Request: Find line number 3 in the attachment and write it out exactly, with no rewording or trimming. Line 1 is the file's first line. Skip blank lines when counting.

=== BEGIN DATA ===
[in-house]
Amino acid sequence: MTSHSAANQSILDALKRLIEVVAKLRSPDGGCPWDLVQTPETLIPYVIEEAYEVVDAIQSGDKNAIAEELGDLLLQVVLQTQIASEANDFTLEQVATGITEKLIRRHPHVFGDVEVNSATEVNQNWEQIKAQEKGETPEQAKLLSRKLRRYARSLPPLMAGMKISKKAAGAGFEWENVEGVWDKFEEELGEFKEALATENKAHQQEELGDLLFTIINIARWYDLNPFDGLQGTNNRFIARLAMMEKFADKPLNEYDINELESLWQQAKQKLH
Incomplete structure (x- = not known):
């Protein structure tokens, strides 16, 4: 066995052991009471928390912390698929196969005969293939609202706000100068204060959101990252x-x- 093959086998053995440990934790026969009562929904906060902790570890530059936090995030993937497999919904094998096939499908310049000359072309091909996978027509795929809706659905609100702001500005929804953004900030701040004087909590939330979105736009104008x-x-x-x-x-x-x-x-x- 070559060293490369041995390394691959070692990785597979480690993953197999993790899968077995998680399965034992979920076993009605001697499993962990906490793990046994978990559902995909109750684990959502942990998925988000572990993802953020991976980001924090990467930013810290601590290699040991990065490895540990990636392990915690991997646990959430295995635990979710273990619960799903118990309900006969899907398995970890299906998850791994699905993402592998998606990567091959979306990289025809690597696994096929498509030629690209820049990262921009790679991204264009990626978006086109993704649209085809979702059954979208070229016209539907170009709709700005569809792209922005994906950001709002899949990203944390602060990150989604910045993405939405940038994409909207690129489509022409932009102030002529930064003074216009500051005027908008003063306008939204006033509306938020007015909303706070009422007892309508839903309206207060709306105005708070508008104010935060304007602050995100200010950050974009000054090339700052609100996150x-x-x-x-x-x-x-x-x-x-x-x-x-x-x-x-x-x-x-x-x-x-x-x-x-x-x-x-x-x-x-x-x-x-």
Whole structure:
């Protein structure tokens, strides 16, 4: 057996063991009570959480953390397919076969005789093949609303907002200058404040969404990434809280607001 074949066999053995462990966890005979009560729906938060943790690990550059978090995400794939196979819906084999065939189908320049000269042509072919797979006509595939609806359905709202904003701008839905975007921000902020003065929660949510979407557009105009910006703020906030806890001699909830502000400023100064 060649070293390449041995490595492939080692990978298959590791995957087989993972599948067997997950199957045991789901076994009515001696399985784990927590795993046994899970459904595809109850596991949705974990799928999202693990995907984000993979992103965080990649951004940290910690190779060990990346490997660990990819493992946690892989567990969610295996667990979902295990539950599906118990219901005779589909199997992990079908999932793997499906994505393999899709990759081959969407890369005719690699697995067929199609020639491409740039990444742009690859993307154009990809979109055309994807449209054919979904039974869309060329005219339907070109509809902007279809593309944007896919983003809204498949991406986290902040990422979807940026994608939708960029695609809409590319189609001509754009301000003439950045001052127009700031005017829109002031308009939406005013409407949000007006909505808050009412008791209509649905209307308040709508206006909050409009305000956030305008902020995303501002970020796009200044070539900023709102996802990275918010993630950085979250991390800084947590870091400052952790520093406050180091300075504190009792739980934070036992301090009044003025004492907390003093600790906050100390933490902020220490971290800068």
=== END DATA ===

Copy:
Incomplete structure (x- = not known):